In light of recent news about Dridex takedown, AnubisNetworks Labs team would like to take this opportunity to share with the community some of the efforts undertaken during this investigation led by the NCA, with our participation, to track this malware and exploit its communication channels.
In March 2015, AnubisNetworks Labs team started analyzing multiple malware samples of the Dridex family which ultimately led to running a fake node inside Dridex botnets.
Dridex has been around since November 2014 and it is an evolution of the malware families known as Bugat, Geodo, Feodo and Cridex. The malware is distributed via email, with a malicious Microsoft Word document as attachment which, once opened, downloads a second stage payload that infects the system.
Primarily targeting homebanking users, it is a malware with various capabilities including man in the browser, keylogger, proxy and VNC. It features a peer-to-peer (P2P) network and uses cryptography on its communication channels.
P2P Network structure of Dridex
Dridex botmasters are very active, launching new campaigns against different geographies, hardening the botnet infrastructure with new countermeasures and command and control systems on a regular basis.
This research allowed AnubisNetworks to gain significant knowledge about this botnet and modus operandis including an in-depth understating of how:
1. Dridex deploys a hybrid peer-to-peer network with different layers in order to achieve resilience against a takedown;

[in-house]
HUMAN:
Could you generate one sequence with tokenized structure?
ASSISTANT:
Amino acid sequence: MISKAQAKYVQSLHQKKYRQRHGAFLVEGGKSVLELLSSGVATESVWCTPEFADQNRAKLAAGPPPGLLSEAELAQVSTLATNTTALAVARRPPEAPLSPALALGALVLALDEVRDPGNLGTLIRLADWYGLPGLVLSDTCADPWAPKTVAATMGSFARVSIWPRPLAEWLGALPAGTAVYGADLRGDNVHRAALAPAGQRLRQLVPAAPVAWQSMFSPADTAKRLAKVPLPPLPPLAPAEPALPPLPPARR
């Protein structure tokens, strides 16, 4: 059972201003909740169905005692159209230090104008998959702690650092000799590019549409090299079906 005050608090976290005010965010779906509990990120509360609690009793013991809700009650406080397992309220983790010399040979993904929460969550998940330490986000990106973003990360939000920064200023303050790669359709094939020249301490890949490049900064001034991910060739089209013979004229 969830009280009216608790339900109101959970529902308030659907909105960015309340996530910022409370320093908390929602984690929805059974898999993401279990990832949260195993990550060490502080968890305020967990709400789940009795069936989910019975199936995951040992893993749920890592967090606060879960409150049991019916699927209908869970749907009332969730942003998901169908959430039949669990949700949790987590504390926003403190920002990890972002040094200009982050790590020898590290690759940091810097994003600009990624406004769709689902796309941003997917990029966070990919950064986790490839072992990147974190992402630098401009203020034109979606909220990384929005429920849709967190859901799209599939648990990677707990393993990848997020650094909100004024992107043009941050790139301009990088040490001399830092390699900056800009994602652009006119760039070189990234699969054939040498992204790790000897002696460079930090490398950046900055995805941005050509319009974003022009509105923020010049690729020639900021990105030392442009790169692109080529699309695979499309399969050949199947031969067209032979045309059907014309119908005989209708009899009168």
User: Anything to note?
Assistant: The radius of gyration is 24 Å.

2. Dridex ecosystem is constituted by a small number of independent botnets, that have different geographies and financial institutions as targets;
3. Dridex is currently being used to obtain credentials from a large number of online services including several banking services of multiple countries;
4. By reversing the Dridex communication protocols, we were able to deploy a rogue node that can eavesdrop on botnet communications between bots and supernodes (admin_nodes), enumerate bots and map the infection dispersion of the botnets.
With this post, we provide a full report that describes in detail the communication channels of the Dridex malware once it’s up and running on the infected systems, namely its P2P network, encryption methods and associated C2 infrastructure. Our intent was to focus on how the malware communicates with their command and control and to map possible vulnerabilities on the protocols it uses to support monitoring capabilities.
During our analysis we have detected several vulnerabilities in the Dridex P2P protocols that could be used to achieve the following:
- Identify infected systems remotely;
- Obtain data exfiltrated from infected machines.